Three out of four high school students say it is very easy or somewhat easy to obtain alcohol, and most get it from the adults they know — older friends, siblings or parents, says Sarah White, project coordinator for the Campbell County Drug-Free Alliance.

The Alliance is devoted to preventing substance abuse and promoting healthy living for teens. It’s "Sticker Shock" program is designed to promote awareness of the law and remind adults that buying alcohol for minors could cost them up to $500 in fines and a year in jail.

Jet Age Records and Coffee to Open in Newport

Behind the counter at Jet Age Records.
Forbes magazine reports, “As CD and digital sales decline in the wake of streaming services like Spotify and Pandora, record sales are on the rise. In fact, the format has seen 260% growth since 2009. While CDs sit on shelves, vinyl supply is having a hard time keeping up with demand. It may not have seemed possible 10 years ago, but vinyl is back.”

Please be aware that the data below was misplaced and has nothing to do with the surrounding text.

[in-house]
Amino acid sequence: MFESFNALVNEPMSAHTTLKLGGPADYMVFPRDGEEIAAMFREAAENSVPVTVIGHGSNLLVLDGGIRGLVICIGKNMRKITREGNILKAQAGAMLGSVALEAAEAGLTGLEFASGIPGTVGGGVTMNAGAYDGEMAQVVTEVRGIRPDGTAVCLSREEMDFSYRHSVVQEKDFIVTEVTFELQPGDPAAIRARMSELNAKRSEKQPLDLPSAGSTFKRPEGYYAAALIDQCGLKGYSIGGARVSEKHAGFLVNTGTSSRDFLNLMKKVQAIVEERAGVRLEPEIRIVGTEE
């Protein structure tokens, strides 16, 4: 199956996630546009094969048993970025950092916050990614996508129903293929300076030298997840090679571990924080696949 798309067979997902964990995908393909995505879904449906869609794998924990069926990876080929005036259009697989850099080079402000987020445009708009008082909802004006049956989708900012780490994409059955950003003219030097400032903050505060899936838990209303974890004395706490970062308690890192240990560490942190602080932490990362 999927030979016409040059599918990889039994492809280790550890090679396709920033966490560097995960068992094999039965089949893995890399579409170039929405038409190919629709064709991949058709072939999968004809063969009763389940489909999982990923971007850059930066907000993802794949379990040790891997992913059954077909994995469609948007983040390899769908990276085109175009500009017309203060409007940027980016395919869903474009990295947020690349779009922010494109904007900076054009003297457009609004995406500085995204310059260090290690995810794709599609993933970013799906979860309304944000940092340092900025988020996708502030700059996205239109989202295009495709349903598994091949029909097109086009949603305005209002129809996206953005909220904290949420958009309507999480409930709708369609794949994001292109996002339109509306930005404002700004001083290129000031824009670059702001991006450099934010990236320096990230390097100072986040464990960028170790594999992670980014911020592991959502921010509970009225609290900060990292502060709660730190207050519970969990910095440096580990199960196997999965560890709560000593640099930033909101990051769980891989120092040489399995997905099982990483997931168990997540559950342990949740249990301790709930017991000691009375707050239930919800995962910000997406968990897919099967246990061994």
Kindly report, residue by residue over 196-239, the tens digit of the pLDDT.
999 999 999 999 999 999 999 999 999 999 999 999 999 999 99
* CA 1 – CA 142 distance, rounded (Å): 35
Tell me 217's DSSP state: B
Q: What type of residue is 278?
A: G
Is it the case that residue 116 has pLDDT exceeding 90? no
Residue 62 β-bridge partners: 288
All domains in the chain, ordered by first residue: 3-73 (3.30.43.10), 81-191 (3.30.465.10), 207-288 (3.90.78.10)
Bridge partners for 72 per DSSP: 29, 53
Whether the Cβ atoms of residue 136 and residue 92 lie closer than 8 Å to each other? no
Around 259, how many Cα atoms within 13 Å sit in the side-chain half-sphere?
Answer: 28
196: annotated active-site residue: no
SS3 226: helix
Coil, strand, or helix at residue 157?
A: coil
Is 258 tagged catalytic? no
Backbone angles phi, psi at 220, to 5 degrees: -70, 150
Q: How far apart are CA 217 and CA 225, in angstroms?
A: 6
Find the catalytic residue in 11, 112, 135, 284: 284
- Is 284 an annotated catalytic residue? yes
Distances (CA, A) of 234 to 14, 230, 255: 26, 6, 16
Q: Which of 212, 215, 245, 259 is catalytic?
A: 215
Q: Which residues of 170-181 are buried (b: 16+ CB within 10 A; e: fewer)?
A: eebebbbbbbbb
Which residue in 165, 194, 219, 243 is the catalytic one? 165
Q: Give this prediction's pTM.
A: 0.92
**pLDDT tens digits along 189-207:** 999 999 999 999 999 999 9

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One reason is that many discerning ears think that the sound is richer and warmer than digital.  Or maybe people like the tactile experience of handling the music. You can touch it, see it, and hear it. Besides it’s just fun. A number of restaurants spin records for customers. My favorite set up is at Eli’s BBQ in the East End where the turntable is powered through a Marshal guitar amp that adds a fun and funky crunch to the sound.

Monday, June 26, 2017

Drone Video: Fort Thomas Farmers' Market

The Fort Thomas Farmers' Market is in full effect. It runs every Wednesday, from 3:00-7:00 p.m. at the Fort Thomas Plaza, 90 Alexandria Pike.

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There is plenty of parking, food trucks, entertainment and new vendors.

See who is new and who is returning here. 

RELATED: Fort Thomas Couple Starts Balanced Brilliance 

Campbell County Political Activist Guilty of Drug Trafficking

These prescription pill bottles were seized from JR Roth's residence in June of 2016 after a search warrant was executed. Pictures obtained by Fort Thomas Matters. Case photo.